“I’ve been big for as long as I can remember. As early as kindergarten, I was the biggest kid in my class by a considerable margin. While I was generally well-liked by my classmates and tended to get along with most kids, any time an argument or disagreement would arise, the antagonist didn’t have to think too hard to hit me where it hurt. ‘Fat Boy’ and ‘Shamu’ were go-to insults whenever a disagreement amongst my cohorts began to escalate. While all children go through some sort of teasing or bullying growing up, when the source of the criticism is so precise and repetitive it begins to embed itself into their psyche. As much as it pains me to say it, these insults became a cornerstone of my identity throughout my childhood.
My father spent 30 years as the head track and field coach at the local high school, and for a large portion of my life was the fittest person I had ever met. My brother Brock and I would watch him exercise and copy everything he did. We would run, play tennis, jump hurdles which my father made for us out of PVC pipe, and do calisthenics. My father tells the story that I was doing pushups before I could walk.
Because of my size and strength in relation to my peers I began to excel at sports and by middle school I had found my niche. I started to embrace my weight and crafted nicknames for myself which would take the sting away from some of the teasing, ‘Heavy T’ and ‘Fat Travis,’ which surprisingly actually started to stick. Although I would laugh about these things on the outside, inwardly I will still acutely aware that I was the ‘Fat Kid,’ even if that is no longer how I was perceived by my classmates.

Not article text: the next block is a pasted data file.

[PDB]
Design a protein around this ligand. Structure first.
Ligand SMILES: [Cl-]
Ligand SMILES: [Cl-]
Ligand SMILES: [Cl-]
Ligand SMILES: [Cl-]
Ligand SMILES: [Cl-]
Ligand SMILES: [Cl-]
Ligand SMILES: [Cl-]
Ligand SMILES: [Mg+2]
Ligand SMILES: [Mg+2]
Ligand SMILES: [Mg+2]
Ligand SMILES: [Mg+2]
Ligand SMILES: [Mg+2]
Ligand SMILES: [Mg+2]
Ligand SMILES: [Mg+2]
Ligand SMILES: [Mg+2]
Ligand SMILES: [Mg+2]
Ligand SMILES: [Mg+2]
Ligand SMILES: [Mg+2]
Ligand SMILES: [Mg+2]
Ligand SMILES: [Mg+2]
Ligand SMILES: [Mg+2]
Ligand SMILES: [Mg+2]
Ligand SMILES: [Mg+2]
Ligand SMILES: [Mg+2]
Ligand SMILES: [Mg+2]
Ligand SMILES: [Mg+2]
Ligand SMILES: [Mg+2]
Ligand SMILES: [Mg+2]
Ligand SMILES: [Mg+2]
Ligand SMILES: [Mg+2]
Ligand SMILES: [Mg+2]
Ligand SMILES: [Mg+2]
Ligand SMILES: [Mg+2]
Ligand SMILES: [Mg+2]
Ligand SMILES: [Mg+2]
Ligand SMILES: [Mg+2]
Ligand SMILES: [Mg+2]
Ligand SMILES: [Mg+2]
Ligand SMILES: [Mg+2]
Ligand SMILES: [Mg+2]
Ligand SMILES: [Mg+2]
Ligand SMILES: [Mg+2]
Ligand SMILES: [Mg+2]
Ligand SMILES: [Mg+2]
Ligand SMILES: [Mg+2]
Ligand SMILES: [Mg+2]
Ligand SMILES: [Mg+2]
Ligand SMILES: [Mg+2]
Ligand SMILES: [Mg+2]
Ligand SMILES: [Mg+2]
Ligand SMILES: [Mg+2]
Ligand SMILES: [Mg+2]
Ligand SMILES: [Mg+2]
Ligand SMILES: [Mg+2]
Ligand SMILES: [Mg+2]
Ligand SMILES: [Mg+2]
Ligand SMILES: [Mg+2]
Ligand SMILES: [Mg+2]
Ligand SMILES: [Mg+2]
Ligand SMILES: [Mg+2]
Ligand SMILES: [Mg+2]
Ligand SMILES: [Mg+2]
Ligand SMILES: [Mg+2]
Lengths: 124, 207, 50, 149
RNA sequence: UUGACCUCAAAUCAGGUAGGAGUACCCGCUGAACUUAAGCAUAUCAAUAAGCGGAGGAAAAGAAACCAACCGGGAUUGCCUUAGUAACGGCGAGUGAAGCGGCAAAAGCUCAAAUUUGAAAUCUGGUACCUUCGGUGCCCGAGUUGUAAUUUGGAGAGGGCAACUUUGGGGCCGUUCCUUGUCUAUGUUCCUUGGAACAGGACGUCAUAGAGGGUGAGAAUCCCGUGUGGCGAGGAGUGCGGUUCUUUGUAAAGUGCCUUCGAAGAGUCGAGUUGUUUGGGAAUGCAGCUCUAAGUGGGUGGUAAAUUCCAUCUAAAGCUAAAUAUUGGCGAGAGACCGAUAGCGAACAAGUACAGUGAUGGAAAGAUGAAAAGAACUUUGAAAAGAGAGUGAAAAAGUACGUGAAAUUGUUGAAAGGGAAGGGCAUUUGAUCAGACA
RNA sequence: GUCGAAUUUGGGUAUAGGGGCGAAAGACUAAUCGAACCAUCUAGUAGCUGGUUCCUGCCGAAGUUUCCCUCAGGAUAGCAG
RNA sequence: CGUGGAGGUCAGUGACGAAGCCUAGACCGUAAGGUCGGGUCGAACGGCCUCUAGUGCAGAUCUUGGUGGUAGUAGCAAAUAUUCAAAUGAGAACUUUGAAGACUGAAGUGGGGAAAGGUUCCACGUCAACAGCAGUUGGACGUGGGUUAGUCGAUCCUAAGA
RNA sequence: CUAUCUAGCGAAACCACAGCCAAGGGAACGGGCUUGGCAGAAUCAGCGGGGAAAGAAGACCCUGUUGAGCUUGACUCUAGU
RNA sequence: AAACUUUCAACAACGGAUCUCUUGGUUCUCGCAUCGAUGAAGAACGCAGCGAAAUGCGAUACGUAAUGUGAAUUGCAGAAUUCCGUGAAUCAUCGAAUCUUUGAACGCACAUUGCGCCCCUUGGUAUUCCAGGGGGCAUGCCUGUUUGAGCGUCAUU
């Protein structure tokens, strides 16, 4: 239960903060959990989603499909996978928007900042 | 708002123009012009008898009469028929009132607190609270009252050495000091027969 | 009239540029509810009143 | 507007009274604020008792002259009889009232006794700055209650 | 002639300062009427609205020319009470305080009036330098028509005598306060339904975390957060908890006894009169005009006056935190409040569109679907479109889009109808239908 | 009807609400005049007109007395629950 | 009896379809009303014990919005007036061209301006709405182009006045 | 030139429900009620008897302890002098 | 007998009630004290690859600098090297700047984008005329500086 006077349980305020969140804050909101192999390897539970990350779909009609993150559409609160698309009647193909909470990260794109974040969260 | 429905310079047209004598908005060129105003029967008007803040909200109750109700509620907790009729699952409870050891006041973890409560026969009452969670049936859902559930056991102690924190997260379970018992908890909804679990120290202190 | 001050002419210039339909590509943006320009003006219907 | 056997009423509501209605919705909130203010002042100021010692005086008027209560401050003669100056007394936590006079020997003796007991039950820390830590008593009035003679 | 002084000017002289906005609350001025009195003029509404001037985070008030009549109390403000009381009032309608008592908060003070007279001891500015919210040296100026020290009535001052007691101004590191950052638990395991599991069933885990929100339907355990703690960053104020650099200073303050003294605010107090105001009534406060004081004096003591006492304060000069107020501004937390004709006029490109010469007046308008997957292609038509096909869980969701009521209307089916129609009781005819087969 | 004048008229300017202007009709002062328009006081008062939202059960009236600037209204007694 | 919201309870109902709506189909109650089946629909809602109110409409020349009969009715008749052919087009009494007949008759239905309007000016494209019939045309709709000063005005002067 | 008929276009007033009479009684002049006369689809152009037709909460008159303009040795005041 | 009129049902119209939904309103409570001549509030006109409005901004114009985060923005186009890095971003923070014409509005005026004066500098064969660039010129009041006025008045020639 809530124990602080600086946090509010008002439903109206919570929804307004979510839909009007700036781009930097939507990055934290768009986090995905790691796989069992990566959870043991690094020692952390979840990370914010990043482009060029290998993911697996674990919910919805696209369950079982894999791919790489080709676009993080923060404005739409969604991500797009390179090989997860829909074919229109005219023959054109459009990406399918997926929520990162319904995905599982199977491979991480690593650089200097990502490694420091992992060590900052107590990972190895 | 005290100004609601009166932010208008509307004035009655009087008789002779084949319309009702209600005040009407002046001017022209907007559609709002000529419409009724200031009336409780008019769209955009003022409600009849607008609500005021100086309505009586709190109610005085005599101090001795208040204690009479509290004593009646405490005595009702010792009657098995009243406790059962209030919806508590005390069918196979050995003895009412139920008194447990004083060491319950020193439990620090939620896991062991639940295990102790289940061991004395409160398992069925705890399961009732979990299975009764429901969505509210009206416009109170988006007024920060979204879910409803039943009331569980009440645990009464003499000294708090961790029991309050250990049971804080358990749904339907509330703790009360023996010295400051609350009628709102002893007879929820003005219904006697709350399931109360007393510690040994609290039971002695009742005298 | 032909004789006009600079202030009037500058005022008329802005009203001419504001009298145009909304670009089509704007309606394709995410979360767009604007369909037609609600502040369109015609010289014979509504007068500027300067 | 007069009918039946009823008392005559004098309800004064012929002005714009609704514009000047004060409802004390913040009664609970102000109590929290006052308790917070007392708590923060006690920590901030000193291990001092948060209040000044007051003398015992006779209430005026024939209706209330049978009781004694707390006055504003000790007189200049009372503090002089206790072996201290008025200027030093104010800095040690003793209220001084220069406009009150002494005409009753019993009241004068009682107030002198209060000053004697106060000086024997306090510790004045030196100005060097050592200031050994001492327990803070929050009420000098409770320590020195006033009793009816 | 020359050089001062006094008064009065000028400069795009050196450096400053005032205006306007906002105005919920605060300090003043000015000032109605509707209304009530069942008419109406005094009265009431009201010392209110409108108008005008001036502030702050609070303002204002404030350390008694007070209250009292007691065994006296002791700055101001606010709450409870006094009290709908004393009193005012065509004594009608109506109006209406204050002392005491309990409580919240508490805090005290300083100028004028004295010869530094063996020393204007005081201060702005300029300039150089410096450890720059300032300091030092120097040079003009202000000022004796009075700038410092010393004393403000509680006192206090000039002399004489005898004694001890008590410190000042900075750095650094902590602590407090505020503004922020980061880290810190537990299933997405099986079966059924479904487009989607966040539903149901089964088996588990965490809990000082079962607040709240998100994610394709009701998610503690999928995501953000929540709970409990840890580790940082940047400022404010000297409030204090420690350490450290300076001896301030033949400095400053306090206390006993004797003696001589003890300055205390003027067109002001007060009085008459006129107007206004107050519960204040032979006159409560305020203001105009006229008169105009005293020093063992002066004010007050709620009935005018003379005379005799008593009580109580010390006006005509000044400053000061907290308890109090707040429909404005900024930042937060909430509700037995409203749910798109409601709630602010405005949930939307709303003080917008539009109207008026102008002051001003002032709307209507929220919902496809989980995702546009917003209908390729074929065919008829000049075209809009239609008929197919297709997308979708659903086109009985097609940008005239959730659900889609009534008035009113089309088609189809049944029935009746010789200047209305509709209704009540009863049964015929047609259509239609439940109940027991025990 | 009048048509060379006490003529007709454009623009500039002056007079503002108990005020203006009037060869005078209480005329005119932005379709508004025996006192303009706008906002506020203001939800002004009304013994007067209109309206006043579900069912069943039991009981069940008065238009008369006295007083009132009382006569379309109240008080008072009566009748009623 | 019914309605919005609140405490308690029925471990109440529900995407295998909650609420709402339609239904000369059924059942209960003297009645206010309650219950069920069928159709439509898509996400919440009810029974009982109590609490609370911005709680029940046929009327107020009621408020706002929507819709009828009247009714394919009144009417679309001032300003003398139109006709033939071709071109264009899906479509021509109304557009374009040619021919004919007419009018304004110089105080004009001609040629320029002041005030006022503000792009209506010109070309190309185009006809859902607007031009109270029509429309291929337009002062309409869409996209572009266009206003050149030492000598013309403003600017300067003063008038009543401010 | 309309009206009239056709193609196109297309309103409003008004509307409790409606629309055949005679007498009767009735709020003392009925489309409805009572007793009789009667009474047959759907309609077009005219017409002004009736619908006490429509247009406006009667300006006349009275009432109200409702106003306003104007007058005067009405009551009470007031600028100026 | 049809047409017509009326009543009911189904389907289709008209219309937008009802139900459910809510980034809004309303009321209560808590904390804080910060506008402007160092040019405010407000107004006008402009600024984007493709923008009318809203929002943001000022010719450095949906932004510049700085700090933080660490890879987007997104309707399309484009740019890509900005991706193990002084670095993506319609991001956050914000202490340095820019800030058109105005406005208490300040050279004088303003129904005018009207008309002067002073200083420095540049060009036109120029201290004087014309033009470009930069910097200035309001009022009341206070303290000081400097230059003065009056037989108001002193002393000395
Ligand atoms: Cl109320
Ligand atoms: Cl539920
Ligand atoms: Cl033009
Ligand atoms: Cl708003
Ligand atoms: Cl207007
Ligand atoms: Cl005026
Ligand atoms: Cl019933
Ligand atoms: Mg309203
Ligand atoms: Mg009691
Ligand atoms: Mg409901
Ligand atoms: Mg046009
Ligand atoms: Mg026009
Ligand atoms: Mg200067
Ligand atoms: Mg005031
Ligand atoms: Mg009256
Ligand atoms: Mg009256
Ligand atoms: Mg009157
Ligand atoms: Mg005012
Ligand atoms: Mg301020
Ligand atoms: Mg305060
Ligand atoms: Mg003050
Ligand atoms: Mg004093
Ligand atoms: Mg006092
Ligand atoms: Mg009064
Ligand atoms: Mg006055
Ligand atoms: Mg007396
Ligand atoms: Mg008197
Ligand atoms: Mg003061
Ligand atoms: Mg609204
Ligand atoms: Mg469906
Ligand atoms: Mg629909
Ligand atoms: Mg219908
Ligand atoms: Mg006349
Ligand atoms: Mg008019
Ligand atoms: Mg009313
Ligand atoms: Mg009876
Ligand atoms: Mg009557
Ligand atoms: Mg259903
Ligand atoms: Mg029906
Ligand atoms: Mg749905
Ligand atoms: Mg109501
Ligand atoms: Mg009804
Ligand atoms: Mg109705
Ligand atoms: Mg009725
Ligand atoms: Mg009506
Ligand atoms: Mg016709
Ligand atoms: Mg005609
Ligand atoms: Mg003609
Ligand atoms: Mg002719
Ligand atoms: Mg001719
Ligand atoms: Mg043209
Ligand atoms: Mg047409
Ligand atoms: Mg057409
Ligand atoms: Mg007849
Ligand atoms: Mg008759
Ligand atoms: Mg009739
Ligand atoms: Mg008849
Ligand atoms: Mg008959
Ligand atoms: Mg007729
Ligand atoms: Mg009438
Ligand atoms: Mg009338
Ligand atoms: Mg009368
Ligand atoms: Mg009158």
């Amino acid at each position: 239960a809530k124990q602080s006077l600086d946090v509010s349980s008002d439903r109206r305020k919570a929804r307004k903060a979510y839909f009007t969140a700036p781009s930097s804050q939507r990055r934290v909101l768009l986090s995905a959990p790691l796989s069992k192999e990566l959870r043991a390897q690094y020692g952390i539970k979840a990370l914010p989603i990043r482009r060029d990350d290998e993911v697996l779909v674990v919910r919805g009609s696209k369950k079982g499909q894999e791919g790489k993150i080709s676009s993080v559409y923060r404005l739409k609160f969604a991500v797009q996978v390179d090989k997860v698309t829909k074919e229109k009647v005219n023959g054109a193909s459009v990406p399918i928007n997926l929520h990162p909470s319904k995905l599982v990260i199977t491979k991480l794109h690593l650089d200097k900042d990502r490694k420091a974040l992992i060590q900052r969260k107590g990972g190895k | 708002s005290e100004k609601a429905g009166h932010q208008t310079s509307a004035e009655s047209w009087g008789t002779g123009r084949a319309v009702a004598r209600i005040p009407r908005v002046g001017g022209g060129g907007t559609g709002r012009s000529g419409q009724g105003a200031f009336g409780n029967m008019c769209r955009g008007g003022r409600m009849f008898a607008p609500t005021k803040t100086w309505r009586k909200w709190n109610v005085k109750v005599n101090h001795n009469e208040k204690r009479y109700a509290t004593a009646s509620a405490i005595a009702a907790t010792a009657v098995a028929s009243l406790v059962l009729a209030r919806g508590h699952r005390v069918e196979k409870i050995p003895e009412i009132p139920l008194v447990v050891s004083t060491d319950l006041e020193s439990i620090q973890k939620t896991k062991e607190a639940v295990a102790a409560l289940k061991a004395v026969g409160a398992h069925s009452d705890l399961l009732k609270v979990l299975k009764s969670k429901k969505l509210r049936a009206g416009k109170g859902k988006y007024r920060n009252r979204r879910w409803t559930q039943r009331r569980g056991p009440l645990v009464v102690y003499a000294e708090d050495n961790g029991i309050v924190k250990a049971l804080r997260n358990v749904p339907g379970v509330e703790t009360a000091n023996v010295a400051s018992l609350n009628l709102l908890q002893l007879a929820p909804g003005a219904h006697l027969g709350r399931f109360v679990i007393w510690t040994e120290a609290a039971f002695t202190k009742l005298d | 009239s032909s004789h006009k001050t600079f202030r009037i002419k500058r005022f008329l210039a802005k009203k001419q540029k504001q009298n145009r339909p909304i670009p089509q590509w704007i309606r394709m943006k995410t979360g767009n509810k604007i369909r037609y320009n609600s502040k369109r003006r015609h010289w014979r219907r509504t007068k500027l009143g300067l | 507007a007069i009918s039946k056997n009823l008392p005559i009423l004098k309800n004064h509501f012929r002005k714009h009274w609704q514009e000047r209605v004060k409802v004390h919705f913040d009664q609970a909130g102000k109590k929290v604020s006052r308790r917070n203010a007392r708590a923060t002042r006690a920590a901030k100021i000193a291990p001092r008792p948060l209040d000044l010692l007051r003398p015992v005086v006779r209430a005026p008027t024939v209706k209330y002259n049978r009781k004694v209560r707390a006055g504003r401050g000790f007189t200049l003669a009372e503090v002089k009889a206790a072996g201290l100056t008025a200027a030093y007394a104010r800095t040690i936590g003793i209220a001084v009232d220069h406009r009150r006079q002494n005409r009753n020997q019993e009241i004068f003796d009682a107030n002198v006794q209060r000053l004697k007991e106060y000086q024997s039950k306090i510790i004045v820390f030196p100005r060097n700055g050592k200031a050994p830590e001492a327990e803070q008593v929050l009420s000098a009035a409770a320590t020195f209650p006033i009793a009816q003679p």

By the time I graduated high school, I had won three state championships in track and field, broken numerous school records in track and weightlifting, and was being recruited to compete by some of the top colleges in the nation. After a brief stint at the U.S. Military Academy at West Point, I transferred to the University of Florida, and then again to Florida State University in Tallahassee to compete on the track and field team as a hammer thrower.
College was where I began to really pack on the pounds. Now that I was no longer playing football my cardio dropped to only what I was forced to do by my track and field coaches (not much). Within six months of leaving for college I had put on forty pounds. I kept my sights on competition and paid little attention to my weight. I was performing well and that is what mattered to me at the time. I was very aware of my size, even embarrassed of it, but I did not see a reason to change my behavior as long as I was competing well.
In the spring of 2010 I graduated, and the wheels came off the wagon completely.
My entire life I had been obligated to lift weights and exercise. Suddenly I had none of that and I had to rely strictly on self-discipline. I began working a full-time, sedentary, retail job. I fell into a deep depression and I began eating more than ever. There were months that went by when I would have upwards of five Bacon, Egg, and Cheese Biscuits for breakfast, a foot and a half long hoagie for lunch, and 5 bacon cheeseburgers for dinner (Sadly, this is not an exaggeration).
Over the next 7 years, my weight yo-yoed up and down. I had some great results from juice fasting, I tried counting calories, sometimes I would even get motivated to go to the gym for six months or so. But nothing was ever sustainable.
Then, I found the motivation I needed…
I met the love of my life in April of 2016. After a year of dating we were married in August 2017 and shortly after we conceived our first biological child (my wife has two children from a previous marriage that I have grown to love as my own).